The Federal Circuit’s (“CAFC”) recent decision in CommScope Techs. provides an important reminder regarding proving literal infringement, as well as some tips on preserving an issue for appeal. At trial, both CommScope and Dali alleged infringement of multiple patents. Following trial, both parties appealed several decisions. The CAFC, however, focused on just two: the denial of CommScope’s motions for judgment as a matter of law of no infringement and invalidity of Dali’s U.S. Patent No. 9,031,521 (“the ’521 patent”).
The ’521 Patent claims a system and method for resolving wireless signal amplification issues through a training mode where a feedback loop updates a lookup table to calculate digital adjustments to the output signal. Significantly, the ’521 Patent includes a limitation requiring “switching a controller off.” In the district court, Dali asserted that the phrase “switching a controller off,” did not require construction, while CommScope argued—and the district court agreed—that it should be construed to mean placed in a nonoperating state. Ultimately, the jury found the ’521 patent infringed and not invalid.
On appeal, CommScope challenged infringement and validity, relying on the district court’s claim construction of “switching a controller off,” arguing that its controller was never placed in a nonoperating state.
Dali tried to defend the infringement finding by asserting the district court’s claim construction was wrong. The CAFC rejected Dali’s challenge, highlighting three missteps. First, Dali only raised the claim construction issue in a footnote in its appeal brief, and any such argument is forfeited. Second, Dali’s appeal of the construction was a single sentence, and thus insufficiently developed. Third, Dali presented inconsistent positions, attacking the district court’s claim construction to uphold infringement, while defending it for validity. The CAFC adopted the district court’s construction finding there was no apparent dispute because Dali’s challenge was ineffectual.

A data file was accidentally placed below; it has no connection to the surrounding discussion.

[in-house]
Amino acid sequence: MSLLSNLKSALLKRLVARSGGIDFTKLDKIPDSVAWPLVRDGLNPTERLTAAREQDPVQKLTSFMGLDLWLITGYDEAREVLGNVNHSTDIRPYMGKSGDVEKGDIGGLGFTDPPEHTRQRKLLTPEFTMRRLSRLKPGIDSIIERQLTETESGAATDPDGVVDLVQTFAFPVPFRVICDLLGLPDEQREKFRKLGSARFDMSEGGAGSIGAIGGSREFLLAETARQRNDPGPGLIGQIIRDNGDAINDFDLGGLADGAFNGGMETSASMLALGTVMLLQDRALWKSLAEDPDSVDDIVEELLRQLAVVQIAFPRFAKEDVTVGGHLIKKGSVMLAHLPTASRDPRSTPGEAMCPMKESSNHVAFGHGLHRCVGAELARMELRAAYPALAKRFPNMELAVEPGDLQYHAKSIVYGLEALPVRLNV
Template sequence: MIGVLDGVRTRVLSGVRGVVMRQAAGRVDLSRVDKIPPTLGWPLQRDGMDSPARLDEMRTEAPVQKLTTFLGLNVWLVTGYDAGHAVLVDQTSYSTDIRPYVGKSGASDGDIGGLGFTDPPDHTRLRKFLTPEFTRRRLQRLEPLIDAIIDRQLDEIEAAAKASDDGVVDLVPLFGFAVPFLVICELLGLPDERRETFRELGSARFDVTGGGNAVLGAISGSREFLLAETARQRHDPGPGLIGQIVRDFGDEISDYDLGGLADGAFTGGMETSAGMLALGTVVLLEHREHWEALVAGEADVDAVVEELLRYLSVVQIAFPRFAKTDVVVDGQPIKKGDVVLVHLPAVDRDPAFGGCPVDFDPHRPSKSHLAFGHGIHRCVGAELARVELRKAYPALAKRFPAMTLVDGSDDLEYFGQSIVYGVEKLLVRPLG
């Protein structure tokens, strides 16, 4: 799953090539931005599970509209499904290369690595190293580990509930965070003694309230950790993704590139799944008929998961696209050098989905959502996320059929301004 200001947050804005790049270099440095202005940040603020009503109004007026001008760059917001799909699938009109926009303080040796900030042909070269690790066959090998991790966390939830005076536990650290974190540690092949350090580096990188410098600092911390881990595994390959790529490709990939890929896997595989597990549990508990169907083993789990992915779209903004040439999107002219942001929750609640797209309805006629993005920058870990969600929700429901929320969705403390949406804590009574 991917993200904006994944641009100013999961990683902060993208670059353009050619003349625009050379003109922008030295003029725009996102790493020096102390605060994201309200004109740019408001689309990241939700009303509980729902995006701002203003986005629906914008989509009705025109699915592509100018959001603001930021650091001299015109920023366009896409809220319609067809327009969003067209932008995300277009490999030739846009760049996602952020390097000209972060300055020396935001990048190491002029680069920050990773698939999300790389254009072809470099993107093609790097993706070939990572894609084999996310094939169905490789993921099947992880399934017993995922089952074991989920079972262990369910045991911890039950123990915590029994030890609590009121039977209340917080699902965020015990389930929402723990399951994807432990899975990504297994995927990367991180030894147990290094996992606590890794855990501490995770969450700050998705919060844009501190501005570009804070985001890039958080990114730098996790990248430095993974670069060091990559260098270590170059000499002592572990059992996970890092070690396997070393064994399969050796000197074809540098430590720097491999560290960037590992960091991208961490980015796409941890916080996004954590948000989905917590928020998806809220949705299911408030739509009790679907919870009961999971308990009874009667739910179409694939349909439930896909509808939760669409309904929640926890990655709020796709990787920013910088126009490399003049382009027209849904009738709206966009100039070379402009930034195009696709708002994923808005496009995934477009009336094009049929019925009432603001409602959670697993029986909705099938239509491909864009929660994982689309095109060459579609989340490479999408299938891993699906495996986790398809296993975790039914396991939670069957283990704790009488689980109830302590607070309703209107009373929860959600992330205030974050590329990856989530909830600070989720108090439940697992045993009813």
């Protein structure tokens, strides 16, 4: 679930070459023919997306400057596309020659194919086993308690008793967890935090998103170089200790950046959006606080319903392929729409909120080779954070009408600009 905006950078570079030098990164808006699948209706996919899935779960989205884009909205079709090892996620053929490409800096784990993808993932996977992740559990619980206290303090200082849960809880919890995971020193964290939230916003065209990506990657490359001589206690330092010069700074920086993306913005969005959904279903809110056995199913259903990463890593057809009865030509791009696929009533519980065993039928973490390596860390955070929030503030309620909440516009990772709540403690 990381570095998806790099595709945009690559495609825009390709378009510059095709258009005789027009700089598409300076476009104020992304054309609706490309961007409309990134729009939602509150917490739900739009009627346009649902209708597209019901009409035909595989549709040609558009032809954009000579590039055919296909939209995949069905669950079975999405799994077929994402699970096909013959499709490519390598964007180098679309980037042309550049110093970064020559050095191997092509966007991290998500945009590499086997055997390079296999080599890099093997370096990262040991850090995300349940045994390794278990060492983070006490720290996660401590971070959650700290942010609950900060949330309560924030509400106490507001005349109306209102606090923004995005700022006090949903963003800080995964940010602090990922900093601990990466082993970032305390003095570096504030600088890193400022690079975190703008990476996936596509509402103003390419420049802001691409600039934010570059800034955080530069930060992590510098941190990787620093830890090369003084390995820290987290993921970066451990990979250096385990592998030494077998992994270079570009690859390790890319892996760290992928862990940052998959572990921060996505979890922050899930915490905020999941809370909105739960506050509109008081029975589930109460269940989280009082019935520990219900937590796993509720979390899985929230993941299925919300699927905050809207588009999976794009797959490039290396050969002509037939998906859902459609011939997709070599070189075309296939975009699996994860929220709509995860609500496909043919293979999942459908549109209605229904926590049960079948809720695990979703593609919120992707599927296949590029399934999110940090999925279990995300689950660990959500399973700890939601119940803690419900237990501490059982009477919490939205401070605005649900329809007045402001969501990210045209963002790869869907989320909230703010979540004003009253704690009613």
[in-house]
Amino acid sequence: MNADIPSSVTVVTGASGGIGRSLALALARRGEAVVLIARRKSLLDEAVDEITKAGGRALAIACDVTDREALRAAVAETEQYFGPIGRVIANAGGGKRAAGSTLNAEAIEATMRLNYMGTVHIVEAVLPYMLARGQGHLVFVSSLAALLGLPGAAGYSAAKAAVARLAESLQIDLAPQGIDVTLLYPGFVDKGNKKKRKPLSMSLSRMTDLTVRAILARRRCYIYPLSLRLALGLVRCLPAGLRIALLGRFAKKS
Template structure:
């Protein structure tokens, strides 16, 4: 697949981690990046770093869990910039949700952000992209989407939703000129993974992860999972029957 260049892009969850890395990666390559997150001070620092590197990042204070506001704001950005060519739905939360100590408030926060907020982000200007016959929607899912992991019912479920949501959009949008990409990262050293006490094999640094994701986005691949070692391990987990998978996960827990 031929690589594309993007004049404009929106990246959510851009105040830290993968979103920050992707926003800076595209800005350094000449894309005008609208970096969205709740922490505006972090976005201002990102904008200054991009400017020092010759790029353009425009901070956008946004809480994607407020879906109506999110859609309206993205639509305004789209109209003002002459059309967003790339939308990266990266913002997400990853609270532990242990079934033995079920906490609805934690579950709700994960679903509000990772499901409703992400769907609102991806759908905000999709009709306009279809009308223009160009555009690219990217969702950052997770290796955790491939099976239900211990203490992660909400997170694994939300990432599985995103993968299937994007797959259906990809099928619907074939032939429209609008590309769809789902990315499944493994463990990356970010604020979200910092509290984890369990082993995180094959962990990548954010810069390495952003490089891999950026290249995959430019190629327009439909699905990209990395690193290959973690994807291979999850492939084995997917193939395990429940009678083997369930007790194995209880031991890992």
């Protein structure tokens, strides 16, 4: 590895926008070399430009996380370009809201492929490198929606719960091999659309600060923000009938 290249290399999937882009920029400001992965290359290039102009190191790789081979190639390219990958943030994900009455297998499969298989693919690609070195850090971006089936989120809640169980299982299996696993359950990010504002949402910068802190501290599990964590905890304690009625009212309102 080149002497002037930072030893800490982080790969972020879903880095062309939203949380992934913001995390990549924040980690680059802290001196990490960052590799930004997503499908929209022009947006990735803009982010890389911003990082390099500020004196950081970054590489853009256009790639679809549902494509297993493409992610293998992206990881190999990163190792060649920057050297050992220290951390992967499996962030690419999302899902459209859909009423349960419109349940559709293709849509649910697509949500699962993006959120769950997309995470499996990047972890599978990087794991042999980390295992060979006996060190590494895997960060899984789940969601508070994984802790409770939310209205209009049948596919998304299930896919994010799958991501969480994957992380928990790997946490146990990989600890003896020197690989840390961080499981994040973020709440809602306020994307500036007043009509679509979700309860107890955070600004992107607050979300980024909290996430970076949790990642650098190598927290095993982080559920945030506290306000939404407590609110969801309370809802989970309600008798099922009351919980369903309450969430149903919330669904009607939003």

Scrutinizing the evidence in light of the district court’s claim construction, the CAFC reversed the denial of no infringement, rejecting the testimony of Dali’s expert who failed to use the district court’s claim construction and therefore, per the CAFC, effectively offered no evidence to support the infringement verdict on that limitation. Dali argued that the distinction between the construction used by its expert and the district court was “hairsplitting.” But the CAFC emphasized that literal infringement ascribes significant meaning to construed claims, which must read “on the accused device exactly,” noting a party cannot argue construction one way for infringement and another for invalidity. CommScope Techs. LLC v. Dali Wireless Inc., 2021 WL 3731854, at *6 (Fed. Cir. Aug. 24, 2021).
In sum, CommScope Techs. provides a nice reminder regarding the necessary rigor to preserve issues for appeal, and the importance, when seeking to prove literal infringement, of addressing each and every limitation.